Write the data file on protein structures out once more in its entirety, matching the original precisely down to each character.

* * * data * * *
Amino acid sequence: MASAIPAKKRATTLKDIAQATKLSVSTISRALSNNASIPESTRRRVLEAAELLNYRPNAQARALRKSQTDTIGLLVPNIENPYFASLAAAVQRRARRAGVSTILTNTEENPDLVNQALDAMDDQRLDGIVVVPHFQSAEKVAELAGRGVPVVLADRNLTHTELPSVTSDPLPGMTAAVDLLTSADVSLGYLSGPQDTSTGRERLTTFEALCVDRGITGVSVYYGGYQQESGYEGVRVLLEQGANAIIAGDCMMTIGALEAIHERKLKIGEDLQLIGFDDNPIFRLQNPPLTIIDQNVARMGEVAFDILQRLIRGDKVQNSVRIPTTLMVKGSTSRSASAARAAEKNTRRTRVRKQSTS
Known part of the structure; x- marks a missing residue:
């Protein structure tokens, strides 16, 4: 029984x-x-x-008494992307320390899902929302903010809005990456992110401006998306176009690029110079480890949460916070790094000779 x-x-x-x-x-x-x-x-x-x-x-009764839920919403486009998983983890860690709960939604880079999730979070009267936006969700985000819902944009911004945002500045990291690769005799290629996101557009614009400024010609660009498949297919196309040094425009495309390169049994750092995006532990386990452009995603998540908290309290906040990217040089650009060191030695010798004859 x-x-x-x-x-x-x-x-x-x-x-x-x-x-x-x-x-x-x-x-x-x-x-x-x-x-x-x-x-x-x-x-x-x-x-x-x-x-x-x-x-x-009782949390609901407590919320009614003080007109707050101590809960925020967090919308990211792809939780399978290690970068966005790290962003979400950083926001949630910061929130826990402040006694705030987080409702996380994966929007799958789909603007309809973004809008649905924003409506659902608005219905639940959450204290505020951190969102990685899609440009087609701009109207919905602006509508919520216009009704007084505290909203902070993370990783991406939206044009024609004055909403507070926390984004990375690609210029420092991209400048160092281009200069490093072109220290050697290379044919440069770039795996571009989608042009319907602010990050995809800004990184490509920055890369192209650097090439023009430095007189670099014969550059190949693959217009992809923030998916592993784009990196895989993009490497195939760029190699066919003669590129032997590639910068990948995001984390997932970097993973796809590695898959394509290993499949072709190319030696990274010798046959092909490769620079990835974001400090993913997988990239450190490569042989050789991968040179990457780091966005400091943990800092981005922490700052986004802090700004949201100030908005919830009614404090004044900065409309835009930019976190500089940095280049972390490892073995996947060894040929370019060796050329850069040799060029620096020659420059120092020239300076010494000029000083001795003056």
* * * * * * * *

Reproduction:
Amino acid sequence: MASAIPAKKRATTLKDIAQATKLSVSTISRALSNNASIPESTRRRVLEAAELLNYRPNAQARALRKSQTDTIGLLVPNIENPYFASLAAAVQRRARRAGVSTILTNTEENPDLVNQALDAMDDQRLDGIVVVPHFQSAEKVAELAGRGVPVVLADRNLTHTELPSVTSDPLPGMTAAVDLLTSADVSLGYLSGPQDTSTGRERLTTFEALCVDRGITGVSVYYGGYQQESGYEGVRVLLEQGANAIIAGDCMMTIGALEAIHERKLKIGEDLQLIGFDDNPIFRLQNPPLTIIDQNVARMGEVAFDILQRLIRGDKVQNSVRIPTTLMVKGSTSRSASAARAAEKNTRRTRVRKQSTS
Known part of the structure; x- marks a missing residue:
């Protein structure tokens, strides 16, 4: 029984x-x-x-008494992307320390899902929302903010809005990456992110401006998306176009690029110079480890949460916070790094000779 x-x-x-x-x-x-x-x-x-x-x-009764839920919403486009998983983890860690709960939604880079999730979070009267936006969700985000819902944009911004945002500045990291690769005799290629996101557009614009400024010609660009498949297919196309040094425009495309390169049994750092995006532990386990452009995603998540908290309290906040990217040089650009060191030695010798004859 x-x-x-x-x-x-x-x-x-x-x-x-x-x-x-x-x-x-x-x-x-x-x-x-x-x-x-x-x-x-x-x-x-x-x-x-x-x-x-x-x-x-009782949390609901407590919320009614003080007109707050101590809960925020967090919308990211792809939780399978290690970068966005790290962003979400950083926001949630910061929130826990402040006694705030987080409702996380994966929007799958789909603007309809973004809008649905924003409506659902608005219905639940959450204290505020951190969102990685899609440009087609701009109207919905602006509508919520216009009704007084505290909203902070993370990783991406939206044009024609004055909403507070926390984004990375690609210029420092991209400048160092281009200069490093072109220290050697290379044919440069770039795996571009989608042009319907602010990050995809800004990184490509920055890369192209650097090439023009430095007189670099014969550059190949693959217009992809923030998916592993784009990196895989993009490497195939760029190699066919003669590129032997590639910068990948995001984390997932970097993973796809590695898959394509290993499949072709190319030696990274010798046959092909490769620079990835974001400090993913997988990239450190490569042989050789991968040179990457780091966005400091943990800092981005922490700052986004802090700004949201100030908005919830009614404090004044900065409309835009930019976190500089940095280049972390490892073995996947060894040929370019060796050329850069040799060029620096020659420059120092020239300076010494000029000083001795003056």